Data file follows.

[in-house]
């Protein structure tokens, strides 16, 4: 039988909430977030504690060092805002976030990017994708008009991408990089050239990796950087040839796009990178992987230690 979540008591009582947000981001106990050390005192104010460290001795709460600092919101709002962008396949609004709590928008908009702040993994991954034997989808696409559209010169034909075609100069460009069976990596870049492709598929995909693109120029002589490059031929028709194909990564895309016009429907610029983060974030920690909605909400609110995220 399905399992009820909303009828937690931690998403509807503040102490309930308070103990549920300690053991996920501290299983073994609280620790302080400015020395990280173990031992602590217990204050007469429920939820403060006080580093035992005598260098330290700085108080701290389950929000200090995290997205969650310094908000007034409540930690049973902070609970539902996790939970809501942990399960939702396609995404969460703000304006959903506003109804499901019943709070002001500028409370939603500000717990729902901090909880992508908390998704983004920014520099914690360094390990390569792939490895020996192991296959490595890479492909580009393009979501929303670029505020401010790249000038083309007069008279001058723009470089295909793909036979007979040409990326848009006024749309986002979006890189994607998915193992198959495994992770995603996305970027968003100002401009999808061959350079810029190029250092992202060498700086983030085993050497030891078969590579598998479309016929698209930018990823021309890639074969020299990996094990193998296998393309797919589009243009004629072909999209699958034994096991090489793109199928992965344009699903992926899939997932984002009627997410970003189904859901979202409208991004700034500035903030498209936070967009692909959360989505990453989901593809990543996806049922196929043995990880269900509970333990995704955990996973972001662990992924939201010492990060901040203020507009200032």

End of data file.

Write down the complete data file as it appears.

[in-house]
């Protein structure tokens, strides 16, 4: 039988909430977030504690060092805002976030990017994708008009991408990089050239990796950087040839796009990178992987230690 979540008591009582947000981001106990050390005192104010460290001795709460600092919101709002962008396949609004709590928008908009702040993994991954034997989808696409559209010169034909075609100069460009069976990596870049492709598929995909693109120029002589490059031929028709194909990564895309016009429907610029983060974030920690909605909400609110995220 399905399992009820909303009828937690931690998403509807503040102490309930308070103990549920300690053991996920501290299983073994609280620790302080400015020395990280173990031992602590217990204050007469429920939820403060006080580093035992005598260098330290700085108080701290389950929000200090995290997205969650310094908000007034409540930690049973902070609970539902996790939970809501942990399960939702396609995404969460703000304006959903506003109804499901019943709070002001500028409370939603500000717990729902901090909880992508908390998704983004920014520099914690360094390990390569792939490895020996192991296959490595890479492909580009393009979501929303670029505020401010790249000038083309007069008279001058723009470089295909793909036979007979040409990326848009006024749309986002979006890189994607998915193992198959495994992770995603996305970027968003100002401009999808061959350079810029190029250092992202060498700086983030085993050497030891078969590579598998479309016929698209930018990823021309890639074969020299990996094990193998296998393309797919589009243009004629072909999209699958034994096991090489793109199928992965344009699903992926899939997932984002009627997410970003189904859901979202409208991004700034500035903030498209936070967009692909959360989505990453989901593809990543996806049922196929043995990880269900509970333990995704955990996973972001662990992924939201010492990060901040203020507009200032």